All eyes are on the Supreme Court as it gets ready to issue its decisions in the cases of Hollingsworth v. Perry, the challenge to California’s Proposition 8, and United States v. Windsor, the challenge to the federal Defense of Marriage Act. The Court heard oral arguments on both cases in late March.
The intense media focus on these cases has obscured the many other cases that are before the Supreme Court. One in particular seems notable because it relates to the First Amendment. In the case of Agency for International Development v. Alliance for Open Society International, Inc., the Court will decide whether a provision in the United States Leadership Against HIV/AIDS, Tuberculosis, and Malaria Act of 2003 violates the First Amendment by requiring an organization to have a policy explicitly opposing prostitution and sex trafficking in order to receive federal funding to provide HIV and AIDS programs overseas.
What this case really shows, however, is that conservatives are clueless, not only about the First Amendment, but also about the Constitution, the proper role of government, and a free society.
The United States Leadership Against HIV/AIDS, Tuberculosis, and Malaria Act of 2003 (H.R.1298, P.L. 108-25), known as the Leadership Act, but also known as the President’s Emergency Plan for AIDS Relief or PEPFAR, was enacted in May 2003 by a wide bipartisan margin. It authorized up to $15 billion over five years to address HIV/AIDS, tuberculosis, and malaria in low- and middle-income countries through the Global Fund to Fight AIDS, Tuberculosis and Malaria, through nongovernmental organizations (including faith-based and community-based organizations), and through coordination between international organizations for the prevention, treatment, monitoring, and control of HIV/AIDS, tuberculosis, and malaria. The Act established the State Department Office of the Global AIDS Coordinator to oversee all international AIDS funding and programming.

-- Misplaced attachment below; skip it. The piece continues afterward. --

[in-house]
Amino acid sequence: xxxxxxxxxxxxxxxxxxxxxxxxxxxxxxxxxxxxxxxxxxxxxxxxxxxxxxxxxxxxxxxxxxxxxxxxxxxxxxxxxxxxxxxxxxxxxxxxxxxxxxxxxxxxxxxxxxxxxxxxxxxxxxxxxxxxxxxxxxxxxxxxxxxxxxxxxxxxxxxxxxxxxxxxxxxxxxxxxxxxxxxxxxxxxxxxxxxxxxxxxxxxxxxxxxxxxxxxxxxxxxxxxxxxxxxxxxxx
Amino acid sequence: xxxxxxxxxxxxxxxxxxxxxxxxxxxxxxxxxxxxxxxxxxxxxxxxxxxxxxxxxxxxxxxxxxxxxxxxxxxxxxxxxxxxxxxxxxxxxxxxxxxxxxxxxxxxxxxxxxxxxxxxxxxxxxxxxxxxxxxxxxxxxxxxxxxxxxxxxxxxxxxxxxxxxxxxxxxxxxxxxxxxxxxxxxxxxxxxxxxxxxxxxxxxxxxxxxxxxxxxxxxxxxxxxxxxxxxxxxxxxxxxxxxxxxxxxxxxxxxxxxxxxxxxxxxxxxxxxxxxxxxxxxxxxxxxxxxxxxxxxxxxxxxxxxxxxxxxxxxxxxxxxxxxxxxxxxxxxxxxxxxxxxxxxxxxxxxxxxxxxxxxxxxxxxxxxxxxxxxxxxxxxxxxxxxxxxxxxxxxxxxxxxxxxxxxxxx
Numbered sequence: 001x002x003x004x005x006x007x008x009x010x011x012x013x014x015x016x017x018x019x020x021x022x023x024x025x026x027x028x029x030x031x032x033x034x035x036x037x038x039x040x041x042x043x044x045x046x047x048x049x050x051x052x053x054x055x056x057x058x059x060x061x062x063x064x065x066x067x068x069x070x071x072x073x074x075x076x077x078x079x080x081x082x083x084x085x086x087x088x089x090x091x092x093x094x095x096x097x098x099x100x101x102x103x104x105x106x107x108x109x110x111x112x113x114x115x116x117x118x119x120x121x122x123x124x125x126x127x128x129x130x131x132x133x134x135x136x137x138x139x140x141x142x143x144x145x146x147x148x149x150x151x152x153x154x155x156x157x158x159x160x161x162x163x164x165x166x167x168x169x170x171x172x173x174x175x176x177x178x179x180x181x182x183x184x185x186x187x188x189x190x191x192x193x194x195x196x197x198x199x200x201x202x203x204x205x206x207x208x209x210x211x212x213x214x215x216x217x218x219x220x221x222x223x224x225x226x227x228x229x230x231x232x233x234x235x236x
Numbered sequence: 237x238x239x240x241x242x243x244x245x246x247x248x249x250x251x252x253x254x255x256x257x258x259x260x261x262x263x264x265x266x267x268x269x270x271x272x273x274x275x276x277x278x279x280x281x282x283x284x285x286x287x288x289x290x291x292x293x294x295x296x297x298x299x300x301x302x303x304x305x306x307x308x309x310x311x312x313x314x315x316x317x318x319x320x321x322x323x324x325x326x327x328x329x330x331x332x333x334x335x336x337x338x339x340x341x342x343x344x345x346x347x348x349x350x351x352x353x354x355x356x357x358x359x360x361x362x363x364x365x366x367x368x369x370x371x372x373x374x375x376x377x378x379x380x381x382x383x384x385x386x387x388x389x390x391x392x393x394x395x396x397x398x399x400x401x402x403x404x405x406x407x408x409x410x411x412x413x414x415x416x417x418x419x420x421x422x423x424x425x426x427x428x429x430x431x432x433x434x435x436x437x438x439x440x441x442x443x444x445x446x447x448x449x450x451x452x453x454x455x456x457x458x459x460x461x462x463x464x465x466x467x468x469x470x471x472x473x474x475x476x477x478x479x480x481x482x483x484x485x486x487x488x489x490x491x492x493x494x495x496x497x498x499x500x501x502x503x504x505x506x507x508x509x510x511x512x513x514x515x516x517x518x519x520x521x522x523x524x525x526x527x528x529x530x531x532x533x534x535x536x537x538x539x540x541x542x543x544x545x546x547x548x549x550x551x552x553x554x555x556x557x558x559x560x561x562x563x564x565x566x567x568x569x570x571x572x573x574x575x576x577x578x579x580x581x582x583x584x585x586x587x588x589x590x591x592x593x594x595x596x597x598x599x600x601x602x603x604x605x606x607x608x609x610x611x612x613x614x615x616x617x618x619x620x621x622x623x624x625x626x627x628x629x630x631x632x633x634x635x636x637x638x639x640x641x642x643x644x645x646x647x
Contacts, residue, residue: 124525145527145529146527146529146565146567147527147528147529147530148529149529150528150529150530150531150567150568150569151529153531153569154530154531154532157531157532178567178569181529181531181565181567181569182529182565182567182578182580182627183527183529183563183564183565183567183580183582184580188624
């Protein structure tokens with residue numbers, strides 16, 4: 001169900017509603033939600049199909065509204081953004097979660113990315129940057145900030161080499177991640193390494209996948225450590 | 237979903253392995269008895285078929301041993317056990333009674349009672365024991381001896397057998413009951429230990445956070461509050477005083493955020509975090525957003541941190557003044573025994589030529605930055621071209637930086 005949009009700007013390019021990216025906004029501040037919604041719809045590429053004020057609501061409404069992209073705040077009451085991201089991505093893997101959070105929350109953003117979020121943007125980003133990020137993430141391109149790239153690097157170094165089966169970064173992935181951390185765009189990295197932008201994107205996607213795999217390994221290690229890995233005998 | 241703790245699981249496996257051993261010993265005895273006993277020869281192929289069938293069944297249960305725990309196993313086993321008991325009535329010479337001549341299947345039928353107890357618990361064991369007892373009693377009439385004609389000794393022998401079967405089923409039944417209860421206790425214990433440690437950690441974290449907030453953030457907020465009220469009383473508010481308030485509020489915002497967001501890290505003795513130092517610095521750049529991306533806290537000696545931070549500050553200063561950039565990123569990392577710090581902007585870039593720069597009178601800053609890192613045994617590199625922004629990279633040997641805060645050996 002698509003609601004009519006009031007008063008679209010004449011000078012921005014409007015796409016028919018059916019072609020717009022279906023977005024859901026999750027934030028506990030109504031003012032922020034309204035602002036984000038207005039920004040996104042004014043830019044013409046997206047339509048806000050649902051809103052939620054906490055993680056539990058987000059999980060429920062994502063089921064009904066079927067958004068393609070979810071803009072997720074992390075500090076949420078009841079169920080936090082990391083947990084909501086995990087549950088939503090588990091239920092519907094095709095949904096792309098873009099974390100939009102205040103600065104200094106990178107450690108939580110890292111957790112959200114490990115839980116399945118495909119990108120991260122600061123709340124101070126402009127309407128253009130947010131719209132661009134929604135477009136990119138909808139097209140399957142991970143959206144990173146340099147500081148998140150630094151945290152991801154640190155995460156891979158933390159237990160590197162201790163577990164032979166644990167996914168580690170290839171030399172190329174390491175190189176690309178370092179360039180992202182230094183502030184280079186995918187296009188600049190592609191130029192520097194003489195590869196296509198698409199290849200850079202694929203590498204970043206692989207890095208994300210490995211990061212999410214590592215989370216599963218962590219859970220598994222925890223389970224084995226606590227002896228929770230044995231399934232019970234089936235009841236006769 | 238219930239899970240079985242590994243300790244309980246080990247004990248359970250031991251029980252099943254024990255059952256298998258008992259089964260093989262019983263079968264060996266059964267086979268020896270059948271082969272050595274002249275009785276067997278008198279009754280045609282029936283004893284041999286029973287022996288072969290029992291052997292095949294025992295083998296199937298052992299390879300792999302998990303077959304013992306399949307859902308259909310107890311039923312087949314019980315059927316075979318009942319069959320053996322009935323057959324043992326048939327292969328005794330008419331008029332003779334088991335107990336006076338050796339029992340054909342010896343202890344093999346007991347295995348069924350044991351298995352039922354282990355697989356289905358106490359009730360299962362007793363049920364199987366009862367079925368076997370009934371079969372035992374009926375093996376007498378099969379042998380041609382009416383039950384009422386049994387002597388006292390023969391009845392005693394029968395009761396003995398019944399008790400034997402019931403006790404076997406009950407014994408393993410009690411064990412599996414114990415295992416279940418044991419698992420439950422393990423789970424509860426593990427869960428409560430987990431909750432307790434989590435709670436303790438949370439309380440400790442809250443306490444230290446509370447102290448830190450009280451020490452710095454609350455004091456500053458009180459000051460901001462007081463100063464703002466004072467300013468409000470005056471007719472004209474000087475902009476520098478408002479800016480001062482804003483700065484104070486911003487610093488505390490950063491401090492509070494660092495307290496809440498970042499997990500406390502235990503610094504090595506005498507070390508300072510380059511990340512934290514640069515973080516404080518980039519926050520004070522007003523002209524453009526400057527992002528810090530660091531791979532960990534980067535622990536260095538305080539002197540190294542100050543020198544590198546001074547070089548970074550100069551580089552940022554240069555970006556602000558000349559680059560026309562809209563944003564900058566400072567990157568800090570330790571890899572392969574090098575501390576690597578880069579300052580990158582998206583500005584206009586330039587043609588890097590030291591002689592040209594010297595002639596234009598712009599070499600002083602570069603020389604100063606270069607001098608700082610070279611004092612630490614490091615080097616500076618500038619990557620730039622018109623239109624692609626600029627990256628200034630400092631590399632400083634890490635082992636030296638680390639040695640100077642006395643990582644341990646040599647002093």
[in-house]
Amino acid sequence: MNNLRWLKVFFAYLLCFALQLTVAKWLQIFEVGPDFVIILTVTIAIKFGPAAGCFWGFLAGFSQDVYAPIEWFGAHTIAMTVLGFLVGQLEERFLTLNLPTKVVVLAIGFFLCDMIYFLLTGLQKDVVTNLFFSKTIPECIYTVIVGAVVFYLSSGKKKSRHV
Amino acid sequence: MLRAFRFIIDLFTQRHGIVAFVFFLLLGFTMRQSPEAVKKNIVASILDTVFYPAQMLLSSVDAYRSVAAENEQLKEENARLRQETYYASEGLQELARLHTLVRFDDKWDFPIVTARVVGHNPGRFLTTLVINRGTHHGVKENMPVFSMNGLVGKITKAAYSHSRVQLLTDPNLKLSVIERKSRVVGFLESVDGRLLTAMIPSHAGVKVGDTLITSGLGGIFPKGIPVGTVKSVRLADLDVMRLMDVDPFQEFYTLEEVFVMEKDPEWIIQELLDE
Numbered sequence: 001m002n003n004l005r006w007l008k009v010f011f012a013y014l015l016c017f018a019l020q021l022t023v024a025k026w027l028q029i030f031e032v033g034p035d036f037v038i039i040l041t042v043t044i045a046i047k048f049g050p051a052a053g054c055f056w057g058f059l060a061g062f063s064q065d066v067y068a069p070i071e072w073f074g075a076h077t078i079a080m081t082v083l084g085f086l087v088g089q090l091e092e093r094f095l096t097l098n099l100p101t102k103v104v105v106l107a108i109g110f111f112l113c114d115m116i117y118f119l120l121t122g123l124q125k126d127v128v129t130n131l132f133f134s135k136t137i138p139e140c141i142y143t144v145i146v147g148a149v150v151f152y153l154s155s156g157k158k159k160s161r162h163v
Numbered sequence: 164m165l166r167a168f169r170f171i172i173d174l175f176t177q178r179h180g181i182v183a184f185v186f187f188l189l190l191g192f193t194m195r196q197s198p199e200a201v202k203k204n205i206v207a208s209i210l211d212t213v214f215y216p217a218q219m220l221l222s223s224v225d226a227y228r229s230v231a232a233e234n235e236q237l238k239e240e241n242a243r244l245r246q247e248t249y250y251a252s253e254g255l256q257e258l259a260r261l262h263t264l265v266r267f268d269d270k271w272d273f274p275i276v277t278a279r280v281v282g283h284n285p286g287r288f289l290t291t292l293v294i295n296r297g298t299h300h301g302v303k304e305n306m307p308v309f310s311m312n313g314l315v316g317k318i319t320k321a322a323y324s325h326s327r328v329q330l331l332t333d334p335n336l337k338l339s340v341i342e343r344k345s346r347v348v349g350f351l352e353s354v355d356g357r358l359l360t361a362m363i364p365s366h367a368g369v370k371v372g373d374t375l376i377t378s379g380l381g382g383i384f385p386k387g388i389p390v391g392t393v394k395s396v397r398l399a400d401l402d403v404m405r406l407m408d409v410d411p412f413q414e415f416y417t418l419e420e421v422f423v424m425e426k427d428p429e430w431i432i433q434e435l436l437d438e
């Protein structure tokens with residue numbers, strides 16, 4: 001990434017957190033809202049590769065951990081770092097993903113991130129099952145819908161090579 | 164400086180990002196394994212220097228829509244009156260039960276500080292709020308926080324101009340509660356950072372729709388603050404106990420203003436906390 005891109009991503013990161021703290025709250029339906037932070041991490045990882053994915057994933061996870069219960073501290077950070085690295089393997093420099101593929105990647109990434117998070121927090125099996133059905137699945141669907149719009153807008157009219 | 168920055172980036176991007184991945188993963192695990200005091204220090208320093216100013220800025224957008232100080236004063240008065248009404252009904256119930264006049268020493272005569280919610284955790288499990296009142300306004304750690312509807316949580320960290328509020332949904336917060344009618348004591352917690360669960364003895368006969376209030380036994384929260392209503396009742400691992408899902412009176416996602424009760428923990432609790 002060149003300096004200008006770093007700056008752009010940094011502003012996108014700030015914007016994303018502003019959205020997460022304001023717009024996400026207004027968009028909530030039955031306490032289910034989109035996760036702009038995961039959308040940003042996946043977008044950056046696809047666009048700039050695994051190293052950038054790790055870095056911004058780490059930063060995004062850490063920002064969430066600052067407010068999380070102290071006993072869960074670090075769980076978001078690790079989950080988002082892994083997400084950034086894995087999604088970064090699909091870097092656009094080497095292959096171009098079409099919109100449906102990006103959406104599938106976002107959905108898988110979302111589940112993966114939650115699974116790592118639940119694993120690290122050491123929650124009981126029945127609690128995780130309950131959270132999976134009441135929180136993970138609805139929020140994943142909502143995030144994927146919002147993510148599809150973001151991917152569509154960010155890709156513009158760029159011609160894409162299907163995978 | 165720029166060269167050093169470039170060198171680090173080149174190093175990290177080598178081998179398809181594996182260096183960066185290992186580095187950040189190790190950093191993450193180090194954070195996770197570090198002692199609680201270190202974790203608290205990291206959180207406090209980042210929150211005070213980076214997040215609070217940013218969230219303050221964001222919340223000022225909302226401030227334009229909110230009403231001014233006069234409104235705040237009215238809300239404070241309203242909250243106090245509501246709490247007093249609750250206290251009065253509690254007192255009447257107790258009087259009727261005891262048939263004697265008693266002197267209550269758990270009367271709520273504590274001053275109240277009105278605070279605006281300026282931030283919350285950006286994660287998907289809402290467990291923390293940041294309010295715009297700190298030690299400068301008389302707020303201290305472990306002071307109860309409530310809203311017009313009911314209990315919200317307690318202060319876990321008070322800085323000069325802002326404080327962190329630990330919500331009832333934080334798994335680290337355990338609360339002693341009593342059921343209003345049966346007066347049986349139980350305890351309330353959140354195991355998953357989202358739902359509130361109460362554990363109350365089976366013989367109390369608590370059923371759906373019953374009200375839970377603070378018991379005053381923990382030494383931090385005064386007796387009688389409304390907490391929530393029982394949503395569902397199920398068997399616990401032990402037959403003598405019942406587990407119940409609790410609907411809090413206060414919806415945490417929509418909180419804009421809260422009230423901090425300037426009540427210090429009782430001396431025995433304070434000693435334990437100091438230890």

In July 2008, the Act was renewed, revised, and expanded as the Tom Lantos and Henry J. Hyde United States Global Leadership Against HIV/AIDS, Tuberculosis, and Malaria Reauthorization Act of 2008 (H.R.5501, P.L. 110-93). This time there was some Republican opposition in the House (75-114), but not much in the Senate. And, of course, the Republican George W. Bush again signed it into law. The expansion more than tripled the initiative’s funding to $48 billion through fiscal year 2013.
At issue is not the constitutionality, appropriateness, or cost to the taxpayers of the U.S. government’s funding the prevention and treatment of infectious diseases in Africa or anywhere else, but the Act’s mandate that organizations receiving U.S. funds have an official policy against prostitution and sex trafficking. That is true even if an organization gets some of its funding from private sources or foreign governments.
None of the organizations taking part in the program promotes prostitution or sex trafficking. Some of them, however, do not want to formally declare their opposition; they prefer instead to remain neutral lest their ability to work with prostitutes and those caught up in sex slavery be impaired.
A lawsuit was filed in 2005 alleging that “conditioning Leadership Act funding on the affirmative adoption of a policy opposing prostitution violated the First Amendment by compelling grantees to adopt and voice the government’s viewpoint on prostitution, and by restricting grantees from engaging in privately funded expression that the Agencies might deem insufficiently opposed to prostitution.”
A U.S. District Court in New York issued a preliminary injunction that blocked the federal government from enforcing the anti-prostitution policy requirement. The U.S. Court of Appeals for the Second Circuit affirmed the preliminary injunction, “finding that the federal regulation of fund recipients went ‘well beyond’ permissible conditions attached to government spending.” The condition “compels recipients to espouse the government’s viewpoint” in violation of the free speech guarantee of the First Amendment.
During the appeal process, “the federal agencies running the program issued guidelines allowing the organizations to continue taking part in the program if they made the required policy declaration, but permitting them to set up an independent affiliate that did not have to follow the policy.” The case then returned to the district court, which concluded that the guidelines did not affect its previous determination that the policy requirement compelled speech. The Second Circuit in 2011 again upheld the district court’s order against enforcement of the funding condition, “finding that the message mandate fell ‘well beyond’ the kind of conditions that the First Amendment permits the government to lay down.”